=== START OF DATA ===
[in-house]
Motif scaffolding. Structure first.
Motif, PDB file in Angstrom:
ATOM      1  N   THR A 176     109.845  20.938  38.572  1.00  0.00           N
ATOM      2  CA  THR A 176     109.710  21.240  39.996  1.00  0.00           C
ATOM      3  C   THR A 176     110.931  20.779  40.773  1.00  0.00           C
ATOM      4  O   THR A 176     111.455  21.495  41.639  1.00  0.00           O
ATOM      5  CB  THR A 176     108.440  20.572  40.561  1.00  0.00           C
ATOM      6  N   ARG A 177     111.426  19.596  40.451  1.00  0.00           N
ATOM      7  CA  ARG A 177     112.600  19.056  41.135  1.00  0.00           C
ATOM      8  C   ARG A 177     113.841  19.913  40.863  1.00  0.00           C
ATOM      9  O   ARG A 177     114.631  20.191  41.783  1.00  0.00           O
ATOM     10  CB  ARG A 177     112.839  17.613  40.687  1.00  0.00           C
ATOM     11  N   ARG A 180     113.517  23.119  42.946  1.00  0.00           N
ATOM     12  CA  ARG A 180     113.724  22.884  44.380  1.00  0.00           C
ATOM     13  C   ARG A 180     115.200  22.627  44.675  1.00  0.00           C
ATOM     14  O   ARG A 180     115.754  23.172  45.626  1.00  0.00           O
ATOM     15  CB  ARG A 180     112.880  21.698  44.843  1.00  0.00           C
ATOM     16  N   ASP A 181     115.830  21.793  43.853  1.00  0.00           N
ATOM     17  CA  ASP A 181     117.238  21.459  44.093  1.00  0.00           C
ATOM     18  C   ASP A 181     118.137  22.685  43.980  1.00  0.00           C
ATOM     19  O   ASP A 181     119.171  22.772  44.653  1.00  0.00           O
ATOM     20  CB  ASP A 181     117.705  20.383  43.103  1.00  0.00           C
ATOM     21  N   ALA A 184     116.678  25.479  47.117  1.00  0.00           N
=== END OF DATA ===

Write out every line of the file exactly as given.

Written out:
[in-house]
Motif scaffolding. Structure first.
Motif, PDB file in Angstrom:
ATOM      1  N   THR A 176     109.845  20.938  38.572  1.00  0.00           N
ATOM      2  CA  THR A 176     109.710  21.240  39.996  1.00  0.00           C
ATOM      3  C   THR A 176     110.931  20.779  40.773  1.00  0.00           C
ATOM      4  O   THR A 176     111.455  21.495  41.639  1.00  0.00           O
ATOM      5  CB  THR A 176     108.440  20.572  40.561  1.00  0.00           C
ATOM      6  N   ARG A 177     111.426  19.596  40.451  1.00  0.00           N
ATOM      7  CA  ARG A 177     112.600  19.056  41.135  1.00  0.00           C
ATOM      8  C   ARG A 177     113.841  19.913  40.863  1.00  0.00           C
ATOM      9  O   ARG A 177     114.631  20.191  41.783  1.00  0.00           O
ATOM     10  CB  ARG A 177     112.839  17.613  40.687  1.00  0.00           C
ATOM     11  N   ARG A 180     113.517  23.119  42.946  1.00  0.00           N
ATOM     12  CA  ARG A 180     113.724  22.884  44.380  1.00  0.00           C
ATOM     13  C   ARG A 180     115.200  22.627  44.675  1.00  0.00           C
ATOM     14  O   ARG A 180     115.754  23.172  45.626  1.00  0.00           O
ATOM     15  CB  ARG A 180     112.880  21.698  44.843  1.00  0.00           C
ATOM     16  N   ASP A 181     115.830  21.793  43.853  1.00  0.00           N
ATOM     17  CA  ASP A 181     117.238  21.459  44.093  1.00  0.00           C
ATOM     18  C   ASP A 181     118.137  22.685  43.980  1.00  0.00           C
ATOM     19  O   ASP A 181     119.171  22.772  44.653  1.00  0.00           O
ATOM     20  CB  ASP A 181     117.705  20.383  43.103  1.00  0.00           C
ATOM     21  N   ALA A 184     116.678  25.479  47.117  1.00  0.00           N